In a bathtub in Hiko, West Virginia, my figure inverts in the faucet’s gleam, fabricating the lie that the body is a thing just as likely to show up here as anywhere. Consciousness tempers a bit with water, like my plastic cup of bourbon and ginger translucent now with melted ice. A trance of silence from the hotel hall whirs in the ventilation fan. I’d like to leave this reflection behind in the unmade bed as though this happened a long time ago and I had to look hard to find the person I was then again. Instead, I water myself down with some new trick or other and see the horizon as the brick heel of a house where a lawnmower hums out back. What can any of us know about ourselves except that we’re good for filling out the sleeves of our shirts? Still, today at a pumpkin fair in southern Ohio, I saw a man lift a meanly glowing beauty by his teeth.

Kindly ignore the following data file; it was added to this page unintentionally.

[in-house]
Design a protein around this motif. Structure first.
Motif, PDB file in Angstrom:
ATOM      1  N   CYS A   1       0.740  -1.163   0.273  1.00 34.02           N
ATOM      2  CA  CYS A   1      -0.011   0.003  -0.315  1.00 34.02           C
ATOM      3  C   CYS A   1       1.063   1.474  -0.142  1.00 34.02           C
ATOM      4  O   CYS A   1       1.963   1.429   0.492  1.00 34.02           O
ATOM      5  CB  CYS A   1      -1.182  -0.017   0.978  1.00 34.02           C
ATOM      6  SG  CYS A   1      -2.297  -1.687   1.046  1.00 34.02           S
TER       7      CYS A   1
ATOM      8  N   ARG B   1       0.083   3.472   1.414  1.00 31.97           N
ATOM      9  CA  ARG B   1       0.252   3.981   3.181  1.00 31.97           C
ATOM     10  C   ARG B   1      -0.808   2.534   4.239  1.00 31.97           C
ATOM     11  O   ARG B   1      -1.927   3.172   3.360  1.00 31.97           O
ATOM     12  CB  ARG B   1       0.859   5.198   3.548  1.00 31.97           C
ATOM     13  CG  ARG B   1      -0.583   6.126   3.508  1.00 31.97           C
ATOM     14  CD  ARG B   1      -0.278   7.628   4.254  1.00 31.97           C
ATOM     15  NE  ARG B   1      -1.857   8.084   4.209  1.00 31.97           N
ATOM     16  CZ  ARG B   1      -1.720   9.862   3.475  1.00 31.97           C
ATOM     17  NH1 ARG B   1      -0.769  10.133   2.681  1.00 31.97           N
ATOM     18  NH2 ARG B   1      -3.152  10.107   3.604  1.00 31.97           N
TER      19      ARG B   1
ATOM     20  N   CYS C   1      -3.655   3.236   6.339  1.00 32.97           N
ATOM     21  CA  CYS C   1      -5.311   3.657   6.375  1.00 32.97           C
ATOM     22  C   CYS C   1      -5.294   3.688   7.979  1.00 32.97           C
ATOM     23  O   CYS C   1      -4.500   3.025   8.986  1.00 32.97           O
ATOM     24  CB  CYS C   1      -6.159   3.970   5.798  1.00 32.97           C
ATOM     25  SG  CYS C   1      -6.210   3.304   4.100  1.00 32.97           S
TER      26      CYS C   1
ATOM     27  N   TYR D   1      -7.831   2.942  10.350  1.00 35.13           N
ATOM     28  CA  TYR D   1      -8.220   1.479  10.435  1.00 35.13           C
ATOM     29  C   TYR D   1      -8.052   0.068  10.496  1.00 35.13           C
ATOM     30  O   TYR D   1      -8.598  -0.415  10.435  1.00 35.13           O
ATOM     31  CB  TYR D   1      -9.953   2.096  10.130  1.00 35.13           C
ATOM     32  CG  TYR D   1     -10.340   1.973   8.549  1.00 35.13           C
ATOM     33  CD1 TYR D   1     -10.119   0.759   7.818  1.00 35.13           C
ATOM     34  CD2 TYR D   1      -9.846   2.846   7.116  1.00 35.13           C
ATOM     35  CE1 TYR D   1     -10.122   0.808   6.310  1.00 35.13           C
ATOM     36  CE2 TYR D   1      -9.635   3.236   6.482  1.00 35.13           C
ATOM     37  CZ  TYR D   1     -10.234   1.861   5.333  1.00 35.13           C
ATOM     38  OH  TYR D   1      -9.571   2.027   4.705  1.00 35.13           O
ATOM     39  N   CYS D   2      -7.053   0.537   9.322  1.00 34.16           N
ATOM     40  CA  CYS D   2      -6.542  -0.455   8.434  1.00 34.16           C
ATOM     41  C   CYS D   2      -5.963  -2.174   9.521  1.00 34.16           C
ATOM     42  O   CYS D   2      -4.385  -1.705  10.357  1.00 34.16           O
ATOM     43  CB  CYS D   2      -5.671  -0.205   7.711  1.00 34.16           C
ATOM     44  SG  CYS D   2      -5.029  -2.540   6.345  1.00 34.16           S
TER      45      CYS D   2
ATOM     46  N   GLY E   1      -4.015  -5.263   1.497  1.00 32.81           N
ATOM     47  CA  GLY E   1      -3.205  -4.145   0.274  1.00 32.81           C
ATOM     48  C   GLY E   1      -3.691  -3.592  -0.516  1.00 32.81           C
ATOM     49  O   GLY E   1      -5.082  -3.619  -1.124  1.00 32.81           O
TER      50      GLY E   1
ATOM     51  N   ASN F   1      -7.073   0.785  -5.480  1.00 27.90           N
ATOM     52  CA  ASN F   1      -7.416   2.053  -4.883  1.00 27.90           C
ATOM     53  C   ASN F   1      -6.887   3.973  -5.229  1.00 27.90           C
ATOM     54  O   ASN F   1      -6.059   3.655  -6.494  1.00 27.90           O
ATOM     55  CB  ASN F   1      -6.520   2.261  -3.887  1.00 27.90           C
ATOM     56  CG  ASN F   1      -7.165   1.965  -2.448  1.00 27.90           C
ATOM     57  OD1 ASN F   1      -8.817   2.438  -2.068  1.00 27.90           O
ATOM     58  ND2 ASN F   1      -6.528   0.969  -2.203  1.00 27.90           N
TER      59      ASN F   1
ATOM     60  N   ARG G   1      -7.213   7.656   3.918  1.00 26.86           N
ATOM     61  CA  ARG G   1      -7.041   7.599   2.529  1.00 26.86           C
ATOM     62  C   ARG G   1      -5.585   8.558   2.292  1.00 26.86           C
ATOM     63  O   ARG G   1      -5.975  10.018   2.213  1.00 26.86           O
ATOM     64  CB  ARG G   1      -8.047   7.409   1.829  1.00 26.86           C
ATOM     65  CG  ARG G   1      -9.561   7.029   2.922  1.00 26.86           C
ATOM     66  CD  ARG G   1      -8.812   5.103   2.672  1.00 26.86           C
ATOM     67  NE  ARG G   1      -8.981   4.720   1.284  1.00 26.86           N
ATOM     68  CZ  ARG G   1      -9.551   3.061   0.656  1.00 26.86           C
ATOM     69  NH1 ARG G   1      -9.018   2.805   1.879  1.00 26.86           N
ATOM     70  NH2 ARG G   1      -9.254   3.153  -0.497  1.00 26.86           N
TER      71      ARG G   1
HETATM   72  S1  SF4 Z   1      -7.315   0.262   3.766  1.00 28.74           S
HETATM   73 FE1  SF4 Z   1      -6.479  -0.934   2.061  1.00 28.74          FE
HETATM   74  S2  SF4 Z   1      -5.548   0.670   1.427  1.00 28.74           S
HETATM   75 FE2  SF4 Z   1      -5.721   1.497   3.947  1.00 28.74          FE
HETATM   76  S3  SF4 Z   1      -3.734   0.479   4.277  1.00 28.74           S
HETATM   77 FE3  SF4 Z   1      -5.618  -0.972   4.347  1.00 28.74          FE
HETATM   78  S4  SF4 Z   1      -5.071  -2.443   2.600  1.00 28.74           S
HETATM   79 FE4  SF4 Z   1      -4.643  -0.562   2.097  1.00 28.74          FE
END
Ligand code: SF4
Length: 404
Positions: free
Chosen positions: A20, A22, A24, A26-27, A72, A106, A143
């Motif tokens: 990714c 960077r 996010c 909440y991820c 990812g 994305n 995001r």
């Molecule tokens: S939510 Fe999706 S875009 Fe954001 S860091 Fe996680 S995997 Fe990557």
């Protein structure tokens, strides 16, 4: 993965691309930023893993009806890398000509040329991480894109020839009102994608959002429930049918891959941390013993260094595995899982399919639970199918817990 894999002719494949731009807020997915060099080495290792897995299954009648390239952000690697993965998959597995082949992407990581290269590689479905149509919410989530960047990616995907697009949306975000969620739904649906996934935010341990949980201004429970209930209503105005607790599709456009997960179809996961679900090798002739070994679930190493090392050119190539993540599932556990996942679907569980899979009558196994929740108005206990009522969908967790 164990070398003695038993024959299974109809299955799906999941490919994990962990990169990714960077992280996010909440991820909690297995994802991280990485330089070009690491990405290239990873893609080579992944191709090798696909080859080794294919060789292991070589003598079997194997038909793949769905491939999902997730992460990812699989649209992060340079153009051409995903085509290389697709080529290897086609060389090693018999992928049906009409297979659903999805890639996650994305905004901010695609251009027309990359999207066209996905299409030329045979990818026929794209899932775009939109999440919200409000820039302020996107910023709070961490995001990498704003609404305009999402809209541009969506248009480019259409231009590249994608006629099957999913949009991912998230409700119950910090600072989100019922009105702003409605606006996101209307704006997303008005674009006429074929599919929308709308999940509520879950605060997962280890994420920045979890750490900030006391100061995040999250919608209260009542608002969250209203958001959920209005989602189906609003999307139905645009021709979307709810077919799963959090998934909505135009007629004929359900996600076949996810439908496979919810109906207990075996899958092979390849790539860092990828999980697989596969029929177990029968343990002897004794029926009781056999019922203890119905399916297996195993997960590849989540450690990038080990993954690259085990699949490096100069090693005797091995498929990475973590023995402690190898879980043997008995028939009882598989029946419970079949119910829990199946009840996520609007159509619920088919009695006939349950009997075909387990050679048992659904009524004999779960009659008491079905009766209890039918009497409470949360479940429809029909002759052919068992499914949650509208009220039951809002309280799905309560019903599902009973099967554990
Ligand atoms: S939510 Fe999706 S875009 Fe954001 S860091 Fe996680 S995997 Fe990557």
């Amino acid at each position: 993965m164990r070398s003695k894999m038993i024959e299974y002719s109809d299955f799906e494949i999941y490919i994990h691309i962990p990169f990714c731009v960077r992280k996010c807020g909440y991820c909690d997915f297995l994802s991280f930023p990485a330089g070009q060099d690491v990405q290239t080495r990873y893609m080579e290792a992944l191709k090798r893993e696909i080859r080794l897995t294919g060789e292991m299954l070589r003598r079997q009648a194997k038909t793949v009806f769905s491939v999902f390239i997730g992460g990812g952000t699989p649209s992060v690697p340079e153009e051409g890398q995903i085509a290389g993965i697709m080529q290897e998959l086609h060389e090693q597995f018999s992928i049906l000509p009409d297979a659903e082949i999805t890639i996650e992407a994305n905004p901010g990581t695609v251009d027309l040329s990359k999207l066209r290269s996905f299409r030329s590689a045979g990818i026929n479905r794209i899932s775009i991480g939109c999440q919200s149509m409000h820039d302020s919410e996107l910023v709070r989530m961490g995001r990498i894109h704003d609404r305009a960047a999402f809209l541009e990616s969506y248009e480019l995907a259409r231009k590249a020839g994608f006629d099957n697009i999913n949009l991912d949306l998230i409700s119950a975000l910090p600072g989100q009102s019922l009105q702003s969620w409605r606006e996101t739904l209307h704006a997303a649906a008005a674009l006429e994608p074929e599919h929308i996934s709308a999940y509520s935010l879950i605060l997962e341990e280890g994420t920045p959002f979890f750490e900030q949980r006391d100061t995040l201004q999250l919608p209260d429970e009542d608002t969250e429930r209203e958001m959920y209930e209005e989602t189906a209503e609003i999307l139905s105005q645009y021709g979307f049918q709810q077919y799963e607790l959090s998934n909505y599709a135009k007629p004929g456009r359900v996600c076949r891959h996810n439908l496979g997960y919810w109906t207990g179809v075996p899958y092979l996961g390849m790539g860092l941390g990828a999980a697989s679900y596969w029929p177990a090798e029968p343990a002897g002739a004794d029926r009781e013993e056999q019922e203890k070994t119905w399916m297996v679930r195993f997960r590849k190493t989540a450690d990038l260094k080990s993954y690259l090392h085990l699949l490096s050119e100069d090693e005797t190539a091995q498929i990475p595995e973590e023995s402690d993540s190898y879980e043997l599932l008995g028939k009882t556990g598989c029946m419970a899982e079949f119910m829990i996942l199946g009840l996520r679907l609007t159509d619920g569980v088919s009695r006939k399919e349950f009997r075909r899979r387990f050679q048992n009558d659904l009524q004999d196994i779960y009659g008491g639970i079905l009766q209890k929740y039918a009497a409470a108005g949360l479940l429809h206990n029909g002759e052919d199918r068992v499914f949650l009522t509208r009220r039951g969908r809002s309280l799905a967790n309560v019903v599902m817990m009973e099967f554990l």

JENNIFER KEY teaches at Southern Methodist University in Dallas, Texas. Her work has recently appeared in Callaloo, The Southwest Review, and The Carolina Quarterly.